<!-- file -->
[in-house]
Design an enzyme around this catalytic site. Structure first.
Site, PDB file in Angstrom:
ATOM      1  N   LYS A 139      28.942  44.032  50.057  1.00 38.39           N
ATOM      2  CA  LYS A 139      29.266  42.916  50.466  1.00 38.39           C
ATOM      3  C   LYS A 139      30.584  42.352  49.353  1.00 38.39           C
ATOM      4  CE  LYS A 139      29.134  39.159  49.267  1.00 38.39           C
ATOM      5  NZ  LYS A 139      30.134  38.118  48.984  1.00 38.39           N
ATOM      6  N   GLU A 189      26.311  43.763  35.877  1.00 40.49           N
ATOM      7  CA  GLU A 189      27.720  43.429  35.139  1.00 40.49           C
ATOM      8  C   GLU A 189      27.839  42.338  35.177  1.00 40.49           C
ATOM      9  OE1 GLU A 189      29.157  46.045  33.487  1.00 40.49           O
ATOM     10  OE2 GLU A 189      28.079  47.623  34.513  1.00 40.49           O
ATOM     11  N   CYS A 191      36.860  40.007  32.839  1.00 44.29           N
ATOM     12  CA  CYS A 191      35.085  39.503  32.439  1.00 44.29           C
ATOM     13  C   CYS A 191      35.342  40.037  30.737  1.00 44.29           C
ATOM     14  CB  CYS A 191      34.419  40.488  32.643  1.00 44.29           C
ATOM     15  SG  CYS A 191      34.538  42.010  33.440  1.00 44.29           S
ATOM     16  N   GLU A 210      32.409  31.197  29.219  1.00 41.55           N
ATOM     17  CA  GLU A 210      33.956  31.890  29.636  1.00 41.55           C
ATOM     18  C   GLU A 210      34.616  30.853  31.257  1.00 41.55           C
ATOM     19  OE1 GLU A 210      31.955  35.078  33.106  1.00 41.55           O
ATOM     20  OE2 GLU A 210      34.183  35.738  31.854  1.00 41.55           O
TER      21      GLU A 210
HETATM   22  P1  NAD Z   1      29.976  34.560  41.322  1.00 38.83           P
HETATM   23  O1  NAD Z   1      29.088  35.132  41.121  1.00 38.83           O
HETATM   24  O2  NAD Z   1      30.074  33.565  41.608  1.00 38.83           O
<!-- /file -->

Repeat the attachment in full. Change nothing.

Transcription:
[in-house]
Design an enzyme around this catalytic site. Structure first.
Site, PDB file in Angstrom:
ATOM      1  N   LYS A 139      28.942  44.032  50.057  1.00 38.39           N
ATOM      2  CA  LYS A 139      29.266  42.916  50.466  1.00 38.39           C
ATOM      3  C   LYS A 139      30.584  42.352  49.353  1.00 38.39           C
ATOM      4  CE  LYS A 139      29.134  39.159  49.267  1.00 38.39           C
ATOM      5  NZ  LYS A 139      30.134  38.118  48.984  1.00 38.39           N
ATOM      6  N   GLU A 189      26.311  43.763  35.877  1.00 40.49           N
ATOM      7  CA  GLU A 189      27.720  43.429  35.139  1.00 40.49           C
ATOM      8  C   GLU A 189      27.839  42.338  35.177  1.00 40.49           C
ATOM      9  OE1 GLU A 189      29.157  46.045  33.487  1.00 40.49           O
ATOM     10  OE2 GLU A 189      28.079  47.623  34.513  1.00 40.49           O
ATOM     11  N   CYS A 191      36.860  40.007  32.839  1.00 44.29           N
ATOM     12  CA  CYS A 191      35.085  39.503  32.439  1.00 44.29           C
ATOM     13  C   CYS A 191      35.342  40.037  30.737  1.00 44.29           C
ATOM     14  CB  CYS A 191      34.419  40.488  32.643  1.00 44.29           C
ATOM     15  SG  CYS A 191      34.538  42.010  33.440  1.00 44.29           S
ATOM     16  N   GLU A 210      32.409  31.197  29.219  1.00 41.55           N
ATOM     17  CA  GLU A 210      33.956  31.890  29.636  1.00 41.55           C
ATOM     18  C   GLU A 210      34.616  30.853  31.257  1.00 41.55           C
ATOM     19  OE1 GLU A 210      31.955  35.078  33.106  1.00 41.55           O
ATOM     20  OE2 GLU A 210      34.183  35.738  31.854  1.00 41.55           O
TER      21      GLU A 210
HETATM   22  P1  NAD Z   1      29.976  34.560  41.322  1.00 38.83           P
HETATM   23  O1  NAD Z   1      29.088  35.132  41.121  1.00 38.83           O
HETATM   24  O2  NAD Z   1      30.074  33.565  41.608  1.00 38.83           O